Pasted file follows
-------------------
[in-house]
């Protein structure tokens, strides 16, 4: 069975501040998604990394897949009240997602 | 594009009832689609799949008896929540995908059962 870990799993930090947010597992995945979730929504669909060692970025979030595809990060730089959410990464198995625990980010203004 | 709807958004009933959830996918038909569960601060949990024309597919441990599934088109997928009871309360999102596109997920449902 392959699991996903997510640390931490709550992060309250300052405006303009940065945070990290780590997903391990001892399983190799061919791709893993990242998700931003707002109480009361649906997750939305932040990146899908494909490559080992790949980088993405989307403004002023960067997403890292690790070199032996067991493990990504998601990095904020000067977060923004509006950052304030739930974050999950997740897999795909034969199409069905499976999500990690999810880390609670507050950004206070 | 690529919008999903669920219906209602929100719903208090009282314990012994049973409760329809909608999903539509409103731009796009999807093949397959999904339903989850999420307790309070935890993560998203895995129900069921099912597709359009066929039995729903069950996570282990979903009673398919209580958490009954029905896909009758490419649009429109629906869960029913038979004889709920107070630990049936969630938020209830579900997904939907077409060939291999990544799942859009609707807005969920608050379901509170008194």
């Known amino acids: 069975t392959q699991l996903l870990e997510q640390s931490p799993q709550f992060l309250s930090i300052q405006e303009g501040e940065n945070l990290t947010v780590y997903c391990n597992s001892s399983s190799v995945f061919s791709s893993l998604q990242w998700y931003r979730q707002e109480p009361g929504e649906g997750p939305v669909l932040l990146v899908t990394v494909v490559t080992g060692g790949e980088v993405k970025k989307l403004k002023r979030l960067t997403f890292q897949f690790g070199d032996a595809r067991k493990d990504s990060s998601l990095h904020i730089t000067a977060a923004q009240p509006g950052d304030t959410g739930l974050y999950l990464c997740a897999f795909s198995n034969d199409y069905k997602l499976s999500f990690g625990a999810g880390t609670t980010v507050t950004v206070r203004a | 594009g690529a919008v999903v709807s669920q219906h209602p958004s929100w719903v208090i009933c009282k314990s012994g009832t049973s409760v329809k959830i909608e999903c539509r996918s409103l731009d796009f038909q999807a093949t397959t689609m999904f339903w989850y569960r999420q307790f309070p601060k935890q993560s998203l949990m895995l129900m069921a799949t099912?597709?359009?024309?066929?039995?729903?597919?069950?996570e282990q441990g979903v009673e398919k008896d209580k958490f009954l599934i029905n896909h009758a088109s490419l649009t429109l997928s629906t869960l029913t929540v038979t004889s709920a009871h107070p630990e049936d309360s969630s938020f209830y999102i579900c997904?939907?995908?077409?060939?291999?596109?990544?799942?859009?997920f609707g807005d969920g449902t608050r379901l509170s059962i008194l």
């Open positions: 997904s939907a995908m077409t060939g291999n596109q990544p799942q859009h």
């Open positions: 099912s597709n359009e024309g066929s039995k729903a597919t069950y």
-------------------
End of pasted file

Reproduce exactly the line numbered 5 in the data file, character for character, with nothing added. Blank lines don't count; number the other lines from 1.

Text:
């Open positions: 099912s597709n359009e024309g066929s039995k729903a597919t069950y």